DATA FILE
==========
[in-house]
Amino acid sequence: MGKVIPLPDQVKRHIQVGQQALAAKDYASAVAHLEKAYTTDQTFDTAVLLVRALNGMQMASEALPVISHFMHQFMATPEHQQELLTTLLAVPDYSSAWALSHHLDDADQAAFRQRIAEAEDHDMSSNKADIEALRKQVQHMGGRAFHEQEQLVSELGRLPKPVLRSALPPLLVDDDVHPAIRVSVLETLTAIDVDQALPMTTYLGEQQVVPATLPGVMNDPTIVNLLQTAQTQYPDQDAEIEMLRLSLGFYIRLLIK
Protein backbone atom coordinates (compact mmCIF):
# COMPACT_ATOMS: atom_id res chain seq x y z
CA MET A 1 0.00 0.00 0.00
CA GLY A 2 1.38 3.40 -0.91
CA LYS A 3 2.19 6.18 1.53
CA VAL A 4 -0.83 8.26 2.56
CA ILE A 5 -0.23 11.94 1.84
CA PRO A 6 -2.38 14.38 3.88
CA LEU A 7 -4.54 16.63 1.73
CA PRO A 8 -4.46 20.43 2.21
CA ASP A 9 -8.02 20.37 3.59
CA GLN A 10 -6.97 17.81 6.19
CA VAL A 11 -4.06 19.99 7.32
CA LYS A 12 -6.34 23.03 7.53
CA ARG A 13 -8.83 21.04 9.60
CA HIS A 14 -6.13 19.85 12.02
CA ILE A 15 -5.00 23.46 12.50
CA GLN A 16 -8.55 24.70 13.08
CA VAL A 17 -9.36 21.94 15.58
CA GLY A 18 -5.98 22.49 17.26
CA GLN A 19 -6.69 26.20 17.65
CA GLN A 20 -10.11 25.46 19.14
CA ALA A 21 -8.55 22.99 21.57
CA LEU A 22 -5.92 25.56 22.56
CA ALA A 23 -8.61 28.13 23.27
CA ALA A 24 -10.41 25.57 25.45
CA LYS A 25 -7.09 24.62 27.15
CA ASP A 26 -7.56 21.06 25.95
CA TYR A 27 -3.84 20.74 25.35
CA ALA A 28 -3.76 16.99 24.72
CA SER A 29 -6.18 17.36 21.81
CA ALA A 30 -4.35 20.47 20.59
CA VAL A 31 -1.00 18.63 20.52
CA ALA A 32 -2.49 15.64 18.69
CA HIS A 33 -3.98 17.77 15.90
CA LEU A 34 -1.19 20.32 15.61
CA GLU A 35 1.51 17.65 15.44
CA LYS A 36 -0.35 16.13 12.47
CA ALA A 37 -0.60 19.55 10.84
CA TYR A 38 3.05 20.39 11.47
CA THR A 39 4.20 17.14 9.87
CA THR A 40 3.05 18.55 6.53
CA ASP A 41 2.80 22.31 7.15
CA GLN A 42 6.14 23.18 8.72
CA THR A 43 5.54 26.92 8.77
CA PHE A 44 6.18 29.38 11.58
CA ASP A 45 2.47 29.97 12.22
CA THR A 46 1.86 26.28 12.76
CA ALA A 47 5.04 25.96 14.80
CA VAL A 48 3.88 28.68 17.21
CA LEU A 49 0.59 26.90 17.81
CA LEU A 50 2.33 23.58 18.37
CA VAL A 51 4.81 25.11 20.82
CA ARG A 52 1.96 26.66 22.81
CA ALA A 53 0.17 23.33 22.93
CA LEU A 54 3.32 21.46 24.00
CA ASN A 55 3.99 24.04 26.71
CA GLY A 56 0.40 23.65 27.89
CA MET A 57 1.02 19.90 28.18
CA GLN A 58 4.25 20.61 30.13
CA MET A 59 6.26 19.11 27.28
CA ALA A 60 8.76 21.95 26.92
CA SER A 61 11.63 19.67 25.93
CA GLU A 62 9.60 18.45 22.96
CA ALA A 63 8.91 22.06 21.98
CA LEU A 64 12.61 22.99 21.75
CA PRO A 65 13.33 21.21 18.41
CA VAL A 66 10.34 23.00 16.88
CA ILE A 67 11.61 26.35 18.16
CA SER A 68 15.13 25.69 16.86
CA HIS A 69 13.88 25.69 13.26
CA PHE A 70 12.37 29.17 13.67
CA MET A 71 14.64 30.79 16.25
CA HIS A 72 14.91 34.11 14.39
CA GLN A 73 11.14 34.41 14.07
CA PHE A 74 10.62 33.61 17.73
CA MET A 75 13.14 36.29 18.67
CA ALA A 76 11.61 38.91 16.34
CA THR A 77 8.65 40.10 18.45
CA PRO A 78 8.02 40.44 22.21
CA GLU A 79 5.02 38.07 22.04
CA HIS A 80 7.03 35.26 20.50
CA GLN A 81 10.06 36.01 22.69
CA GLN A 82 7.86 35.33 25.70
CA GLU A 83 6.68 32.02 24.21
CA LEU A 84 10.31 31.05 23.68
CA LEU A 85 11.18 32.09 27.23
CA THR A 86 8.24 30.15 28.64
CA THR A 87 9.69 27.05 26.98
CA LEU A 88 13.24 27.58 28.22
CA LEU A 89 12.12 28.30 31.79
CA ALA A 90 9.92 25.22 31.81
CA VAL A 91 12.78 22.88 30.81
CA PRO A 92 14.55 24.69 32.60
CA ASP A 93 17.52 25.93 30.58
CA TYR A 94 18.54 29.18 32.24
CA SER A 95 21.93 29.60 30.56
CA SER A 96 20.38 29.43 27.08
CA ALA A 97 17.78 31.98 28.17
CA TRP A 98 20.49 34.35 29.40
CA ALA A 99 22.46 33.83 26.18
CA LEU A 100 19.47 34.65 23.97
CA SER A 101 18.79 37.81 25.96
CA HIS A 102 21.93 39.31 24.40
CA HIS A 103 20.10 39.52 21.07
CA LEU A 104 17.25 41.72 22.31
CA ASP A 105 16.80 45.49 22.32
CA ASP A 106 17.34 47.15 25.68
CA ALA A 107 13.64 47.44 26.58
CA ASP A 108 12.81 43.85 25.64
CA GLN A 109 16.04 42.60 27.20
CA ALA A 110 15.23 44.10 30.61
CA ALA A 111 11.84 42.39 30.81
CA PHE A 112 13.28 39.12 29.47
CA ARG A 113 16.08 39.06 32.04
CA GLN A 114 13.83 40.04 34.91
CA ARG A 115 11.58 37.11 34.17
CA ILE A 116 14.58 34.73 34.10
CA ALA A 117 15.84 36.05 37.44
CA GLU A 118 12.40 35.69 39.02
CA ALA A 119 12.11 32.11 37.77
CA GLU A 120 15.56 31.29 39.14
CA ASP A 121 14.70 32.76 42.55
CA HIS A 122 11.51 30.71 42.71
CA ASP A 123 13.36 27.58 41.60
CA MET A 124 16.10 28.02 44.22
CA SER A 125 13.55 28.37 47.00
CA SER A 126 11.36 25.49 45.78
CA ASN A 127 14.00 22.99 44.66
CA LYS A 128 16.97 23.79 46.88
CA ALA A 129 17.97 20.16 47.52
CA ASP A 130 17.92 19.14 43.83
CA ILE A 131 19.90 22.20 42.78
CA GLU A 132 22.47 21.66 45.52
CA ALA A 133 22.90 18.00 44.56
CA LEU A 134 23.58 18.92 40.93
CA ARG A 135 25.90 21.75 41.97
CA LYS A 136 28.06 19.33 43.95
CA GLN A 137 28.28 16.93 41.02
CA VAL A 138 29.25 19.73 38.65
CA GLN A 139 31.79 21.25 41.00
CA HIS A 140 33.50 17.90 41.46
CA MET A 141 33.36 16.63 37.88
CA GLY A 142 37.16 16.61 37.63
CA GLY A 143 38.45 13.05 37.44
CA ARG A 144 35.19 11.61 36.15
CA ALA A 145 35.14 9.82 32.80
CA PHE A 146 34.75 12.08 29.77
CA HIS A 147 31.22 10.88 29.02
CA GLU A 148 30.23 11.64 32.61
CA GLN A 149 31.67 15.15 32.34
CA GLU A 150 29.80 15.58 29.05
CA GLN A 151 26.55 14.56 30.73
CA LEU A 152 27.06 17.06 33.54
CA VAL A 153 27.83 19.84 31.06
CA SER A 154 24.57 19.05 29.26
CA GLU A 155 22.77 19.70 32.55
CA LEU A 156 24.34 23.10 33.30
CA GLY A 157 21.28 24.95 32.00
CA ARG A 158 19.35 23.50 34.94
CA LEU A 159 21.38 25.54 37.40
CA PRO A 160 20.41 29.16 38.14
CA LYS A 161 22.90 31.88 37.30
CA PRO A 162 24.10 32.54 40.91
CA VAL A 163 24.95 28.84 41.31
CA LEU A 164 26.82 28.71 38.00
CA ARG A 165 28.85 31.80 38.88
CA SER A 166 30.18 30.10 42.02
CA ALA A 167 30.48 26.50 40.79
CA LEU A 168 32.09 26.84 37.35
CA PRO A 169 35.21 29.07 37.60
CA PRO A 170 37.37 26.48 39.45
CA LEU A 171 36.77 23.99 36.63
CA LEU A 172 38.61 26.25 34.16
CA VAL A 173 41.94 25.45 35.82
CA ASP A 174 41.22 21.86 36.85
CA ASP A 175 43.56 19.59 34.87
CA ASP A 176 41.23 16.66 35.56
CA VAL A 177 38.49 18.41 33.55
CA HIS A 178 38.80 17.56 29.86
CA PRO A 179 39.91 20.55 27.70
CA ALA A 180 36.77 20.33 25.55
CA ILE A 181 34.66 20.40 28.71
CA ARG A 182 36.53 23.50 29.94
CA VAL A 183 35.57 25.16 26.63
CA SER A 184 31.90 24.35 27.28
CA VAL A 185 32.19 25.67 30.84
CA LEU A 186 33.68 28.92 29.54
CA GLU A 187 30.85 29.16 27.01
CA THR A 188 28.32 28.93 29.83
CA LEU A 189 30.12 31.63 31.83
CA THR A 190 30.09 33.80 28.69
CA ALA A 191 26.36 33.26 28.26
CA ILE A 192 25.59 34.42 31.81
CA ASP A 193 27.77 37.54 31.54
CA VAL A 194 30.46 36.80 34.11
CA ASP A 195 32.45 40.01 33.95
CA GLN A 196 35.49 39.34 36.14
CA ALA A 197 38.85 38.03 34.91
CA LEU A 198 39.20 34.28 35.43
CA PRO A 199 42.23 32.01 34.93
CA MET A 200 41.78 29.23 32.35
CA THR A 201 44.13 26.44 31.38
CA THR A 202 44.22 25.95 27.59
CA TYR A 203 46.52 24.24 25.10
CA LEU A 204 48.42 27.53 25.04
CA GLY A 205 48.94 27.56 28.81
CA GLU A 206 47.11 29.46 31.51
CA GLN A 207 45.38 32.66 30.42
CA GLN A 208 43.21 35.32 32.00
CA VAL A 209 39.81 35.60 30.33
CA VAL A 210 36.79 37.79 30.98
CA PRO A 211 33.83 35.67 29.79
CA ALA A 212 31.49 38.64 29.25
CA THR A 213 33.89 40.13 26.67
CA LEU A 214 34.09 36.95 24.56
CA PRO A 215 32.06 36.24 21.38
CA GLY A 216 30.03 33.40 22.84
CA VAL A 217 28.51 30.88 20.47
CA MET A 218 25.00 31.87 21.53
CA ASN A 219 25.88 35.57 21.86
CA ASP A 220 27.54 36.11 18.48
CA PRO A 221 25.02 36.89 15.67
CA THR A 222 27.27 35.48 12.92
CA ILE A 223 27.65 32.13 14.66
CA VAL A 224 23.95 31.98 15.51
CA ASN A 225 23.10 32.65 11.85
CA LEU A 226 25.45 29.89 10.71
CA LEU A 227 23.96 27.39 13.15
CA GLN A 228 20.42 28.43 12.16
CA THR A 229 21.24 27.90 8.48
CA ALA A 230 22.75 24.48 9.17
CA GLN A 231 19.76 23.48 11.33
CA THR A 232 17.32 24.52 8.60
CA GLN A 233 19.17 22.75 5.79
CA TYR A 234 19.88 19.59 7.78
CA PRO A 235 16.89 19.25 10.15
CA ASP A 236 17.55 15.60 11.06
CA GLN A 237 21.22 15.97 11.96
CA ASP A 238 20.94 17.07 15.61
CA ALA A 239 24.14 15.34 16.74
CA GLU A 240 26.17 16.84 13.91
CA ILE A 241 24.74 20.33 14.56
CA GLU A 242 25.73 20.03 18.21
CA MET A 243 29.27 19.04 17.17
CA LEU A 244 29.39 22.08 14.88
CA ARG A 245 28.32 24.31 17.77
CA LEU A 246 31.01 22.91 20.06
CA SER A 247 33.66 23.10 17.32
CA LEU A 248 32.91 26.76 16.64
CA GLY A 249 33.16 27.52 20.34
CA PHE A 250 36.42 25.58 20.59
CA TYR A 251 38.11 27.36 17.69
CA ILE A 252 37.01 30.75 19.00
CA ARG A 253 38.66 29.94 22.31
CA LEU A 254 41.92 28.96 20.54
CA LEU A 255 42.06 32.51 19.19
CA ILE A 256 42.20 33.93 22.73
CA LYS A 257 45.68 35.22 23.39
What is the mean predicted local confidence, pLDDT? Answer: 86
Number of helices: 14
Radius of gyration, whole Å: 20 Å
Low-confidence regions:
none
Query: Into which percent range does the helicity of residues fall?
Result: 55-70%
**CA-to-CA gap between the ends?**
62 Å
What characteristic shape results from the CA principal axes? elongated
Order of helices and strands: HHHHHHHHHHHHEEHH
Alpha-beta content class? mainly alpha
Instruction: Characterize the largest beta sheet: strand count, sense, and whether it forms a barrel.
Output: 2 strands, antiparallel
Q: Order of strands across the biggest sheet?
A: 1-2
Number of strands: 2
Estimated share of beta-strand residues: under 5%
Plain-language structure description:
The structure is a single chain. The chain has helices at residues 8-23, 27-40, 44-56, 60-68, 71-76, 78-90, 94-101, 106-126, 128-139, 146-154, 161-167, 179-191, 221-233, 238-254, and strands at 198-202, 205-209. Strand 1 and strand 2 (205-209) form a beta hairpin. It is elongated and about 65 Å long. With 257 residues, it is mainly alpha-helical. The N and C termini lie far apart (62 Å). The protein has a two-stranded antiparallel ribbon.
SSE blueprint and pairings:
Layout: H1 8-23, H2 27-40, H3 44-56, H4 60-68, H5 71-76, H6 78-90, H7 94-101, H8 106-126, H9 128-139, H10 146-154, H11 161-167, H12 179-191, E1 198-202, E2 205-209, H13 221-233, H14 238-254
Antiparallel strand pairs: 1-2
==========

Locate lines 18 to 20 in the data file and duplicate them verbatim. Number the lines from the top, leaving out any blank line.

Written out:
CA HIS A 14 -6.13 19.85 12.02
CA ILE A 15 -5.00 23.46 12.50
CA GLN A 16 -8.55 24.70 13.08